How will cleanroom production change over the next few years, and what role will be played by digitisation and the increasingly strict requirements resulting from systems growing ever more complex, compact and smaller? Answers to these questions and more can be found at the Cleanzone congress on 17 – 18 October 2017 in Frankfurt am Main, Germany.
Distinguished representatives from science, industry and associations will be on hand to present the latest technologies, processes and research findings especially for users and experts.
This year marks the first time that the Cleanzone Congress will feature two keynote speakers: on 17 October, Dr Marc Thom from Sony will take a look at our digital future, while on 18 October Dr Axel Müller from the aerospace company OHB will review the importance of cleanroom technology for the high-tech systems that are expected to provide ever better data for space exploration. Both keynote speeches tackle the top themes for Cleanzone 2017: digitisation and space exploration.
Dr Thom is convinced that the increasing degree of digitisation will change our world in a variety of ways, and offers a glimpse of what congress participants can expect from his presentation: “The way we are living and working is changing even faster than before. This is leading to a significant change of business models for the different industrial areas, new kind of semiconductors and new kind of connectivity will influence the refoundation of new business and will also make some established business models obsolete.”
The “Optics & Science” OHB Space Center near Munich is involved in numerous ESA and DLR missions, including earth observation, science, astronomical space travel, astronomy and planetary exploration.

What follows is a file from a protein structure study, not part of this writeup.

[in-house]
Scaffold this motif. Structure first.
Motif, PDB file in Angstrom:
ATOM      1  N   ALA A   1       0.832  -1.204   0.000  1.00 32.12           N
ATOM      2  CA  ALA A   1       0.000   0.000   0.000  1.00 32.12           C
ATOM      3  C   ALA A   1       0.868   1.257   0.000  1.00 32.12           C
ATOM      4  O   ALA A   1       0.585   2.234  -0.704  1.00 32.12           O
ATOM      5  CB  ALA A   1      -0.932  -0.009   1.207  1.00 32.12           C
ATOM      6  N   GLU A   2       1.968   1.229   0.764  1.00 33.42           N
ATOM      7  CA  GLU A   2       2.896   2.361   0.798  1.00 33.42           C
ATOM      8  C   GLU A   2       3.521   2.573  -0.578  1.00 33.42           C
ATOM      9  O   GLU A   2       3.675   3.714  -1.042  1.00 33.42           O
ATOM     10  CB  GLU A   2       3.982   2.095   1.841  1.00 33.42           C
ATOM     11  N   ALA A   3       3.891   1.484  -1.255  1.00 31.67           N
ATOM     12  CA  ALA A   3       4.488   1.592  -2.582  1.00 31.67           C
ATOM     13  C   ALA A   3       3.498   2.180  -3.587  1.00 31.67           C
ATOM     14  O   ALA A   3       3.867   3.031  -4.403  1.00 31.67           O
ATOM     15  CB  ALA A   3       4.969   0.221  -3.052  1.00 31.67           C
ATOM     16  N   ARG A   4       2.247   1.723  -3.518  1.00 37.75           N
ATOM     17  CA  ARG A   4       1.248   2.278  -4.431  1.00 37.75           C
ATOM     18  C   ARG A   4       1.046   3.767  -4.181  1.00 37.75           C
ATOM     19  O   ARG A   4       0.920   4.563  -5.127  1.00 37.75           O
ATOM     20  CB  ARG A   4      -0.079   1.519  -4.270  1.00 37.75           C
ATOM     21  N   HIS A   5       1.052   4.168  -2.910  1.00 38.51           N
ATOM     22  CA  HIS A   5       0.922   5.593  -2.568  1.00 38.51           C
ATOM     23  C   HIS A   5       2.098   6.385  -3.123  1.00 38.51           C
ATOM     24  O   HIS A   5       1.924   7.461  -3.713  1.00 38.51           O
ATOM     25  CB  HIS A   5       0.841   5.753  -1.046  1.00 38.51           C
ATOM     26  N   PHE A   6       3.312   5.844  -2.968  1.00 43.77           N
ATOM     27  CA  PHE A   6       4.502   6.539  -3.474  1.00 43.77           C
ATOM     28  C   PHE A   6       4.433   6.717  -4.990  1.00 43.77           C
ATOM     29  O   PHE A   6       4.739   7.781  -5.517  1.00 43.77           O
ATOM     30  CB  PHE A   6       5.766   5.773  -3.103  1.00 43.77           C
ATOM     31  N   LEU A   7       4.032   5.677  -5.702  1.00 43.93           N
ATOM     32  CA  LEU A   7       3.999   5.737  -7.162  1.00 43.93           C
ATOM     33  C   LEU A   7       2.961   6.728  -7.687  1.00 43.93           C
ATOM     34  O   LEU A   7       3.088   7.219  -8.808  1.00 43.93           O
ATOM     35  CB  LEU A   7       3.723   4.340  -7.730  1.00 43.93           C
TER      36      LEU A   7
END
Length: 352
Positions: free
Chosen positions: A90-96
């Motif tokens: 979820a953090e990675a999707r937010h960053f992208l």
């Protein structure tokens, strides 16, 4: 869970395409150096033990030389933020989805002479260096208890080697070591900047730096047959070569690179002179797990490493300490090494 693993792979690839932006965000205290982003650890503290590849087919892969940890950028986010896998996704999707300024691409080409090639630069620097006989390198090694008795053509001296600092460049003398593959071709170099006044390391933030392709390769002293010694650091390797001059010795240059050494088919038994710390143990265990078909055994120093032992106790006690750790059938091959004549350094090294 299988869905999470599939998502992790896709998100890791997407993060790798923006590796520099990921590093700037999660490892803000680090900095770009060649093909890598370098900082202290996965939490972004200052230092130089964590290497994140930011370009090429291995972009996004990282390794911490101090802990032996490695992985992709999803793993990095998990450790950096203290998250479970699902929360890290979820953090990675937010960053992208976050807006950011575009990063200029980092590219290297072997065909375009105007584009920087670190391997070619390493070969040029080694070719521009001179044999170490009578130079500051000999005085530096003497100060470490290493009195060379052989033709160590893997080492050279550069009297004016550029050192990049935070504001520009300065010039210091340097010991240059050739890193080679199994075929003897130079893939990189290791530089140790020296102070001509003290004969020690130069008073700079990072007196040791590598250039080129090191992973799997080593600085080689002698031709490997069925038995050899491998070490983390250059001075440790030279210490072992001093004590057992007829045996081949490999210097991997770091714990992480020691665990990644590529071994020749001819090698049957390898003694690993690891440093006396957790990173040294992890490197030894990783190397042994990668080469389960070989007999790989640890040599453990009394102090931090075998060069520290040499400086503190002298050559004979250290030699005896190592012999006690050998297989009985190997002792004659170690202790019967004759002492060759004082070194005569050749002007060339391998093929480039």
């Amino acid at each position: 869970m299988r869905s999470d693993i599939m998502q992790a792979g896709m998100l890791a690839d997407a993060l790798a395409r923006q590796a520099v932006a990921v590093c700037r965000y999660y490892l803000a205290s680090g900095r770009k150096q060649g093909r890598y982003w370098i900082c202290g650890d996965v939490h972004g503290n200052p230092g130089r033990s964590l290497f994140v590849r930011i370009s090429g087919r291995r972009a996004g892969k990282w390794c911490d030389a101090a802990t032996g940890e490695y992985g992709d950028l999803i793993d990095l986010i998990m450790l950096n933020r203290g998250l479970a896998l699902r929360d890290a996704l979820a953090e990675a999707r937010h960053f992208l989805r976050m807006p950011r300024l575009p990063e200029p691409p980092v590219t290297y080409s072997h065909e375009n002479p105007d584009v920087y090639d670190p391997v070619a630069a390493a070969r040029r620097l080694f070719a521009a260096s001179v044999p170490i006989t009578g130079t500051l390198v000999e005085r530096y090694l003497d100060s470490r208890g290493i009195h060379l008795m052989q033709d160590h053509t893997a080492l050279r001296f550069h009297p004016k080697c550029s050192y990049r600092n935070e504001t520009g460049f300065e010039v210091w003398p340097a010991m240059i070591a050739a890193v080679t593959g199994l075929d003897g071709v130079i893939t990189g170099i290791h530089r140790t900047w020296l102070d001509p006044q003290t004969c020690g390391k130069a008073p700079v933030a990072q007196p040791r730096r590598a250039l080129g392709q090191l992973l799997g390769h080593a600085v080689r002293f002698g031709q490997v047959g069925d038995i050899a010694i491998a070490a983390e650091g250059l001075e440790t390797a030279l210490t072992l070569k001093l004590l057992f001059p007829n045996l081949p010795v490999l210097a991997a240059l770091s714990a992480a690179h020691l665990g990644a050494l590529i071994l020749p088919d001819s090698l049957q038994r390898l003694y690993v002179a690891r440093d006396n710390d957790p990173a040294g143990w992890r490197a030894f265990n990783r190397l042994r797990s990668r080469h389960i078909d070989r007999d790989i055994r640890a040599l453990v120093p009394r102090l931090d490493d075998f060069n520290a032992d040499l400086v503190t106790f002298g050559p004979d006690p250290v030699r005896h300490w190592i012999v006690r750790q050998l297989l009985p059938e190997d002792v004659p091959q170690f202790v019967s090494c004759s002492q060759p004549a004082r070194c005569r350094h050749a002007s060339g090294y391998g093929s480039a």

Dr Müller explains the demanding requirements for manufacturing instrumentation in cleanrooms: “Cameras and optical systems (from the visible spectrum to X-rays) play a significant role in almost all of these missions. In order to ensure the full functionality of these instruments, a wide range of things are necessary: purity requirements in the fields of engineering and design, process controls, cleanrooms and cleanroom procedures, even cleaning and detection methods – and all of these things must be developed, practised and optimised continually. These requirements must be satisfied throughout the entire European supplier chain, right up until deployment in space, across a project period of some six years.”
The keynote speakers’ presentations are included in the price of any congress module ticket. As in previous years, the Cleanzone Congress is divided into four modules that can be booked separately.
The programme kicks off on 17 October with the module: “Cleanrooms: People + Technology”. Here, participants will find out more about how to improve personnel conduct, clothing, logistics and cleanroom cleaning.
Process optimisation is the subject of the second module on Tuesday: “Processes: Project Management + Automation”. In this module, topics include value-stream-oriented process management, facility management systems and monitoring operational quality.
On Wednesday morning, the congress addresses “Construction: Components + Systems”. Experts will be illuminating the topics of airlocks and transport systems, modular and flexible building systems, and the requirements for new cleanroom construction using microbiological quality control as an example.
Modern measurement equipment, the identification of contamination and subsequent testing will be the focus for participants in the “Measurement Technology: Equipment + Project Validation/Qualification” module on Wednesday afternoon.
The full congress programme can be found at: www.cleanzone.messefrankfurt.com/kongress.